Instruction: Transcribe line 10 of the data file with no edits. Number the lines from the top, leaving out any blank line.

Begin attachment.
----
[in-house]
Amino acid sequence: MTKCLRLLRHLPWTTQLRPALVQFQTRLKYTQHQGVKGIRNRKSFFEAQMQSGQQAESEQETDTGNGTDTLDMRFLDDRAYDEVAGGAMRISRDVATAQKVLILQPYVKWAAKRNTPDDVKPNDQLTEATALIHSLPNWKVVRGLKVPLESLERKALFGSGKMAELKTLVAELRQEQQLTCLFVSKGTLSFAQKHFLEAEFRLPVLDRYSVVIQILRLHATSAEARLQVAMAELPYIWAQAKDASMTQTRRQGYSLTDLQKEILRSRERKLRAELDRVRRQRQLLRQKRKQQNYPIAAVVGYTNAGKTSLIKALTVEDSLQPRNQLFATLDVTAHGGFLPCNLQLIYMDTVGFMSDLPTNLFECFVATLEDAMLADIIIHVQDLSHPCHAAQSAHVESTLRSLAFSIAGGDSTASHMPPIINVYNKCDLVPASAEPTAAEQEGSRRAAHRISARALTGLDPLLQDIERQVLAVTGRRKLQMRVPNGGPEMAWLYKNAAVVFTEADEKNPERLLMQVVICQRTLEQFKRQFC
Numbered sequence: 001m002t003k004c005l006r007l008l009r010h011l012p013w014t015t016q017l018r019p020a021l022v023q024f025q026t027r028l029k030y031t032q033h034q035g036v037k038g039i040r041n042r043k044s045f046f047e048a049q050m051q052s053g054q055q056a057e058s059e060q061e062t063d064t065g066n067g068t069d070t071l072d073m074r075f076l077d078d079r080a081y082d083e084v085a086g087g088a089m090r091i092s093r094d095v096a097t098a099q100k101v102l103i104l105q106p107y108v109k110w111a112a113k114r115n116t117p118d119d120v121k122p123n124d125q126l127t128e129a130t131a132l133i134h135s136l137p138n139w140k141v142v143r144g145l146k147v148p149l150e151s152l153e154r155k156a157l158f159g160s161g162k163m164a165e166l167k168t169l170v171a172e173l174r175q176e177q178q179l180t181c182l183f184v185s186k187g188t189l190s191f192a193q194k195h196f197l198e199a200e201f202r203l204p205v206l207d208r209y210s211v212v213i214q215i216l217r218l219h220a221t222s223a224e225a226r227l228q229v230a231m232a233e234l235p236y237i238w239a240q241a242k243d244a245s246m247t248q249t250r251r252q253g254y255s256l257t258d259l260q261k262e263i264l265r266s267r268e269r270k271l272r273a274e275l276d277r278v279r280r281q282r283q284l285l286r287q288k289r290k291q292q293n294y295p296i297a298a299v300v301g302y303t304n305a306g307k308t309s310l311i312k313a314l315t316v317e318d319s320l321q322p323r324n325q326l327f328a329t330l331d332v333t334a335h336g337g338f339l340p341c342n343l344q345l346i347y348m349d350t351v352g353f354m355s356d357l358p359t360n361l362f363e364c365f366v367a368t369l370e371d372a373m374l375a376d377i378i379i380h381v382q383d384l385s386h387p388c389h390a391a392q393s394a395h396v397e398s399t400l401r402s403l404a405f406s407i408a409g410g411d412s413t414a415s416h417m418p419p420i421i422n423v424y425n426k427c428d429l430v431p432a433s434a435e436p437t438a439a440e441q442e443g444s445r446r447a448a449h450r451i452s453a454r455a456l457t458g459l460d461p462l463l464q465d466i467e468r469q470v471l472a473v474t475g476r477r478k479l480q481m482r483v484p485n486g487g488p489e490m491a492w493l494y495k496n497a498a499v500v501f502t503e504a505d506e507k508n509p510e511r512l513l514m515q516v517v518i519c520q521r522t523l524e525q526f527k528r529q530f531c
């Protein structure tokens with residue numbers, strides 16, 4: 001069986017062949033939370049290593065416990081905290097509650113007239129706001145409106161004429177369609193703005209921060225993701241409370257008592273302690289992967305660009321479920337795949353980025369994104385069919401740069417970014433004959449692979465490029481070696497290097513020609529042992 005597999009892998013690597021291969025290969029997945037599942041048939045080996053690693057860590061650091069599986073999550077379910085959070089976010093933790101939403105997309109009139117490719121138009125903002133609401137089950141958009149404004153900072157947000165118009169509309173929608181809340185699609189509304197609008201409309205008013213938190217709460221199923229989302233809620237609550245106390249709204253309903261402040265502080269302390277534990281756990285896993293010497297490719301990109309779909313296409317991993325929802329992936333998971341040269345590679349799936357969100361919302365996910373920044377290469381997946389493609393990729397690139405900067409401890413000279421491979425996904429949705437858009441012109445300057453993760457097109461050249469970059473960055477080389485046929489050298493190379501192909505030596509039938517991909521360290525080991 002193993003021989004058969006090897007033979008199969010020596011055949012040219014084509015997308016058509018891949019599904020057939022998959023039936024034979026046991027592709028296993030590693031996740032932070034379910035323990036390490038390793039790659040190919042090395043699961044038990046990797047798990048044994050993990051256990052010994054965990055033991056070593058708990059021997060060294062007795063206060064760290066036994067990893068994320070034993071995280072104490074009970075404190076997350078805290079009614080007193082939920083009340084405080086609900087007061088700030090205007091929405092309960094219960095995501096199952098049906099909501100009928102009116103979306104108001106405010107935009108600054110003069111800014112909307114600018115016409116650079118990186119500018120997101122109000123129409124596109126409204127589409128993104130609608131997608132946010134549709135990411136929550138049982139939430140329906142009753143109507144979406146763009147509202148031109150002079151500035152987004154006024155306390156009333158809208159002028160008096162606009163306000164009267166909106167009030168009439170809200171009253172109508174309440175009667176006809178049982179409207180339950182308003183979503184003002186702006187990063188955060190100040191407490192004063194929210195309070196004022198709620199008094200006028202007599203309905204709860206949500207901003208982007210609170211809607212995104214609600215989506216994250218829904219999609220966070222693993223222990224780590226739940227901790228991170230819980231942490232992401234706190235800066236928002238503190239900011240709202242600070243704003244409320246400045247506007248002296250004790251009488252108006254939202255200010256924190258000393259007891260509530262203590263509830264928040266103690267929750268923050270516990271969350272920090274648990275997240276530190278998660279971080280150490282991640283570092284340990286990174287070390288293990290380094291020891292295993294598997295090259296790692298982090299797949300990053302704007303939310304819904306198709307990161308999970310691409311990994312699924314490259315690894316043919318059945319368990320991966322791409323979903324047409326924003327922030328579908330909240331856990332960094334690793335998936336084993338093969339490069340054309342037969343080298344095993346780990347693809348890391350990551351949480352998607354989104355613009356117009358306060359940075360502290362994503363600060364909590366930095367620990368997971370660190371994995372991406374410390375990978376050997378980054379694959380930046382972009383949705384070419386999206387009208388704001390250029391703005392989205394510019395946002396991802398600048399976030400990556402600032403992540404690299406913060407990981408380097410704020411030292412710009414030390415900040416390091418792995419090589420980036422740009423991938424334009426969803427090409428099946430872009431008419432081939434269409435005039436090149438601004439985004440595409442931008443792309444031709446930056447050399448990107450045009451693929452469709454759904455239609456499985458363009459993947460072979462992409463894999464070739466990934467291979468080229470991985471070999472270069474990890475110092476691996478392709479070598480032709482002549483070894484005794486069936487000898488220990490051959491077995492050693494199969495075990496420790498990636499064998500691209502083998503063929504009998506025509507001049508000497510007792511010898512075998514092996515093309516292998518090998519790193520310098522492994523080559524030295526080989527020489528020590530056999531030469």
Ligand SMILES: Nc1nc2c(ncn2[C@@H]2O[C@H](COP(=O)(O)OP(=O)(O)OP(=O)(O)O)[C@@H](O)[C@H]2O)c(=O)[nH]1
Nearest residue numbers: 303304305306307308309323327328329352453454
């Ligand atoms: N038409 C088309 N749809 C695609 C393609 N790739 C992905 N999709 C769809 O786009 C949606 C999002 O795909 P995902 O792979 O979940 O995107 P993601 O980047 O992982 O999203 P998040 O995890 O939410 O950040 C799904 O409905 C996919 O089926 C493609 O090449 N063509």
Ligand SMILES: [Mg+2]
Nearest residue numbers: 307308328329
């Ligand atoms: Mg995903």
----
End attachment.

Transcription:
């Ligand atoms: Mg995903």